Plasticos in Armenia

October 27, 2011 § Leave a comment

This video is about our trip to Armenia in May 2011.

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The Things that Make a Difference

October 10, 2011 § Leave a comment

One of the moments that caught Monica’s attention more than any other was when a small boy came into the operating room area. He was very scared and afraid, which is true of most of the children. But for some reason this boy stood out from the rest. For days she has pestered me to post his photo. The reason why? She was able to give out toys to the children that have been donated. Some of the toys come from individuals, some from schools, and some from a particular brownie troupe in Southern California; but these small gifts are cherished by both the children and their families.

Ahhhh

Just miserable

We had spare toys as well, so other children that were not operated on by us might have something. A powerful device that can immediately change tears into a smile.

Rachel and Monica

Now life is much better.

O.k., o.k. here is my post already.

October 9, 2011 § Leave a comment

Although I have been on three medical missions, this was my first as trip coordinator and well as my first in Cambodia.  I had visited the country 11 years ago and fell in love with it.  The stillness and awe of Angkor Watt and the jungle sounds that would come alive at night as you explored the crumbling, majestic architecture and the fading reliefs of a lost time bathed in mystery.  But my most vivid memory of Cambodia was of so many children.  Running, smiling and waving they would emerge like sparrows from the trees, the rivers, or their meager thatched homes.  They would come running to the side of the dirt road when they saw my motorbike coming during my adventures through the country side and flash their bright, perfect smiles.  It seemed to be a land of children devoid of adults, like something out of a fairy tale.  My visions of the flat, bright green rice fields, the bright blue sky and the scattered palm trees as far as the eye could see gently masked the day to day hardships of what is all but a fairytale in Cambodia.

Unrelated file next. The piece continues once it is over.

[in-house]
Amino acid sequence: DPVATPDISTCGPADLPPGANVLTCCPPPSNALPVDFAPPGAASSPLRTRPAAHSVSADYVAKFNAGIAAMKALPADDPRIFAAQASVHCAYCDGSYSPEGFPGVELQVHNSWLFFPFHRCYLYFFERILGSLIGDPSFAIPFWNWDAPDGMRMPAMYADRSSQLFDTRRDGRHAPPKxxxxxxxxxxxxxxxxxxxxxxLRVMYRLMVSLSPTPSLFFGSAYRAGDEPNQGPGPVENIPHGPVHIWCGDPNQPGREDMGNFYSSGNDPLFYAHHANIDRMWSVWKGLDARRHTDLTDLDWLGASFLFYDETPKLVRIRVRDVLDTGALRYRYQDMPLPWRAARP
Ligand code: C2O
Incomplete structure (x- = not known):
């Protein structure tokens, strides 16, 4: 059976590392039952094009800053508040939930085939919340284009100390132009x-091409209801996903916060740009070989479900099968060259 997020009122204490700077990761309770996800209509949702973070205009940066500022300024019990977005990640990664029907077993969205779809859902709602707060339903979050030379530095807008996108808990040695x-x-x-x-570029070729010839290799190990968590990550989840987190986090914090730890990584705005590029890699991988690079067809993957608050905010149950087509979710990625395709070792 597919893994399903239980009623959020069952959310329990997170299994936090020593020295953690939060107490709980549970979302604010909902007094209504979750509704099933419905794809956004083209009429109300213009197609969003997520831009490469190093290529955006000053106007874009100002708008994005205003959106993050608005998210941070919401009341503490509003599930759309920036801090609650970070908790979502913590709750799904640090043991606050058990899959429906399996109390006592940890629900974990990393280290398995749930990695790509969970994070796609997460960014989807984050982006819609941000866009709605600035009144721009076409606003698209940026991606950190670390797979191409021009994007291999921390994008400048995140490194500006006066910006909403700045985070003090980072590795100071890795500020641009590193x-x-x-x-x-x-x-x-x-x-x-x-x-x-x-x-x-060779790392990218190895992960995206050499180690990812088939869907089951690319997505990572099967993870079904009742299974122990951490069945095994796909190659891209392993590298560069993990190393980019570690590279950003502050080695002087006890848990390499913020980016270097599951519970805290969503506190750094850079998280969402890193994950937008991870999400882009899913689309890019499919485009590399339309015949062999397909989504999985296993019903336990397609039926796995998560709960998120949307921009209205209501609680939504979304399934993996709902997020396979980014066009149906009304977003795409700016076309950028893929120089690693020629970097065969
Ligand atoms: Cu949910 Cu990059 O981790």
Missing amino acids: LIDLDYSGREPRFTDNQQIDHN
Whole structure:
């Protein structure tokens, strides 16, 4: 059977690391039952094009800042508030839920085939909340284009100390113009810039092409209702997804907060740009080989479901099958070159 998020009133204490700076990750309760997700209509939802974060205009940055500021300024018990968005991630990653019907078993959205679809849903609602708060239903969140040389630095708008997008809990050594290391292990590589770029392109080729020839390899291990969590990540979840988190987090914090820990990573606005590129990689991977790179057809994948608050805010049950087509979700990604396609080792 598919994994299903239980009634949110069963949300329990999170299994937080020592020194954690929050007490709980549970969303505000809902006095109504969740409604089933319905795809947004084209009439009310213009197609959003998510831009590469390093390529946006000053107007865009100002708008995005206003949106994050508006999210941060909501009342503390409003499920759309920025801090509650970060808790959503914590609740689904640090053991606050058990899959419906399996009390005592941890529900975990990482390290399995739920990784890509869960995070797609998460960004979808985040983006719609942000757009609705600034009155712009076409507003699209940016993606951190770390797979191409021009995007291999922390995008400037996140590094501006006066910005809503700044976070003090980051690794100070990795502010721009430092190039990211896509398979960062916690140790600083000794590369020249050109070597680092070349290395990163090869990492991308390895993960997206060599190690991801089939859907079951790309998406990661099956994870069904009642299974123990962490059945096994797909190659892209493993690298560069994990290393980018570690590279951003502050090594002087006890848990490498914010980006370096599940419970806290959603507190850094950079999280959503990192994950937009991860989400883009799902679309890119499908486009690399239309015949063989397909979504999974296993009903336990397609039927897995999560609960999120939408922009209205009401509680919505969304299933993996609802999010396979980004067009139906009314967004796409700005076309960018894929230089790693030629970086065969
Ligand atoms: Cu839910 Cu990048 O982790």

Although I was familiar with its dark history, when I reflected on the genocide, I would tend to focus on the atrocities, evil acts, senselessness and politics of the time.  Other than the serious problems of land mines, the great sorrow and loss, and the emotional toll of the Cambodian citizens, I didn’t stop to think of the other devastating effects of the aftermath following the fall of the Pol Pot regime.  I didn’t stop to think that the healthcare system virtually disappeared.  By the end of the genocide, only 40 doctors remained in the entire country.  Infrastructure for medical education had also been decimated.

Every day, 400 children arrive at AHC in need of healthcare.  Approximately one child a day dies at AHC and the majority of these deaths are due to one simple reason.  Arriving too late.  Even today, just 32 years after the horror, 1 in 15 children die before the age of 5.  Most deaths are from preventible or easily treatable diseases that would not have occurred had the child had access to appropriate health care.  The average Cambodian citizen makes $1 a day.  To travel from rural areas to a healthcare facility may mean having to sell your land or borrow from your community to make the trip.

I picked up a paper in the hotel lobby today and read about a young woman who was about to give birth.  Complications arose and due to the current flooding in Cambodia, she was unable to reach a hospital.  Her village desperately tried to find a boat to make the journey and by the time they found one, she was dead.  We had the privilege of AHC treating our team to a journey to a floating village where they provide home care every two weeks.  A small yellow structure emerges out of the water, waiting to save the life of a child.  AHC is a training hospital for their medical personnel and the home care service is beginning to expand throughout the country.

I had a fortunate chance meeting in the lobby of our hotel with the founder of AHC, a Japanese man who says he currently comes back twice a year because the Cambodian staff is now running the hospital.  They do not pay as well as other hospitals but people want to work here.  He said to me, “I tell them to work here for the education.  The country has such an unfortunate history.  Learn everything you can, then go and start your own practice.  You are so young and have so much opportunity ahead of you.  I only ask one thing of you.  Treat every child as if it’s your own.”  I have seen it first hand and it’s a beautiful thing.  I have been asked why I don’t spend this time volunteering in my own country.  I think every child on this planet deserves a chance.  I hope every mother or father who reads this blog takes a moment to be grateful for the healthcare available to their children so they can have a healthy childhood and a promising future full of opportunity.

Ronda Carlson

Trip Coordinator

Sunday Sunday……so good to me!

October 9, 2011 § Leave a comment

Peter watches on carefully in the background.

It’s now Sunday morning, and I cannot believe how fast this trip has gone. This has been a busy trip; but with such good out-comes.

Peter, our anesthesiologist has just gone to the airport; returning to the UK. It’s been great to see him again (the first time being 2 years ago in Laos). He is such a great doctor, has an quirky sense of humor, and remains calm under pressure. The patients under his watchful care did very well through their anesthetics.